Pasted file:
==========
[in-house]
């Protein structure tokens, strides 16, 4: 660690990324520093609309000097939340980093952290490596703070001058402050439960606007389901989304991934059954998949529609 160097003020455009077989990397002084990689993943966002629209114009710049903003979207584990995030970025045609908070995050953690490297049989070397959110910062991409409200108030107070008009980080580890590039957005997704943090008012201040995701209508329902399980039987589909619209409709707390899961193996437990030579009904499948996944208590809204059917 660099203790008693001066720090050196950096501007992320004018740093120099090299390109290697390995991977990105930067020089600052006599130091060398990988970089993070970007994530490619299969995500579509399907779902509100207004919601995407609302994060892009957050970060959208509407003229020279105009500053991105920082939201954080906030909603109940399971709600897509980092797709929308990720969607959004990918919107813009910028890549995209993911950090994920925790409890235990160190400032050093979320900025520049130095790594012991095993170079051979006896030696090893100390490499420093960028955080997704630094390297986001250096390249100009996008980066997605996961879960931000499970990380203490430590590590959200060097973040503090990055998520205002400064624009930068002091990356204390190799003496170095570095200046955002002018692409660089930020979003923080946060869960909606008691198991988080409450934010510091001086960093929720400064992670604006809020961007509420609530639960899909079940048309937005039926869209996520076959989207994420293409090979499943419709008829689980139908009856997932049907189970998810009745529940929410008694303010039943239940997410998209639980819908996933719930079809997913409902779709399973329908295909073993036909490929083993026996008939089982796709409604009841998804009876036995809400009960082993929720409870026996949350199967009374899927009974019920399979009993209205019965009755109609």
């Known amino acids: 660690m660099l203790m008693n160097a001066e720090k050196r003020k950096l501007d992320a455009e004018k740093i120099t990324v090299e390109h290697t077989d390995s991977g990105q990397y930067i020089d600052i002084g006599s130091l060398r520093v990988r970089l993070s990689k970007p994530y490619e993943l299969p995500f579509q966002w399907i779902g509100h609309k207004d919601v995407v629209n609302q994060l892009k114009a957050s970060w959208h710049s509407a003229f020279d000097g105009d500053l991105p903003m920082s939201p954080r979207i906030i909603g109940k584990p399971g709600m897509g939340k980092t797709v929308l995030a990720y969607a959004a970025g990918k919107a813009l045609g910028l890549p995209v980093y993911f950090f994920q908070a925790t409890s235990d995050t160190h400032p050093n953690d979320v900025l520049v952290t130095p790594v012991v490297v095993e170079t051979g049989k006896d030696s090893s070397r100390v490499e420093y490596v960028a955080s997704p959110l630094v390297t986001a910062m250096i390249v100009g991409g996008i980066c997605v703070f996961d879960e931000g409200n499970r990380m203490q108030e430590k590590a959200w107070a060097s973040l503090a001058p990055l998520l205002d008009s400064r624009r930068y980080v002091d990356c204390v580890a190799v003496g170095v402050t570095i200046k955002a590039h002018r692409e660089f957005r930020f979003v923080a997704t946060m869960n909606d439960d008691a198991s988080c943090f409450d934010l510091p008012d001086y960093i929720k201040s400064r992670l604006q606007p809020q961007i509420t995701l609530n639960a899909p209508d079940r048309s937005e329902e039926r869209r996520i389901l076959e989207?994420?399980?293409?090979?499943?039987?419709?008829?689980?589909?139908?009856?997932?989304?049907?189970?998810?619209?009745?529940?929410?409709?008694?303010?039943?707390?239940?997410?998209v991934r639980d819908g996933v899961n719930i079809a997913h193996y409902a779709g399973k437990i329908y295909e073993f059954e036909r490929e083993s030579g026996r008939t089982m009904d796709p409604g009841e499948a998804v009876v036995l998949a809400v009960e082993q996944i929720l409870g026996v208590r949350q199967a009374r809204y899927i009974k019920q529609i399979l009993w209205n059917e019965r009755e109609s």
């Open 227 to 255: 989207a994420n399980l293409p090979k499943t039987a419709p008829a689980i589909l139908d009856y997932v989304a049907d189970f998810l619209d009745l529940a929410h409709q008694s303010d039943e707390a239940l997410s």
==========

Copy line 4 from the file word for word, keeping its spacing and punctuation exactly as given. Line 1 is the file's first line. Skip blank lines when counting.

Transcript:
């Open 227 to 255: 989207a994420n399980l293409p090979k499943t039987a419709p008829a689980i589909l139908d009856y997932v989304a049907d189970f998810l619209d009745l529940a929410h409709q008694s303010d039943e707390a239940l997410s």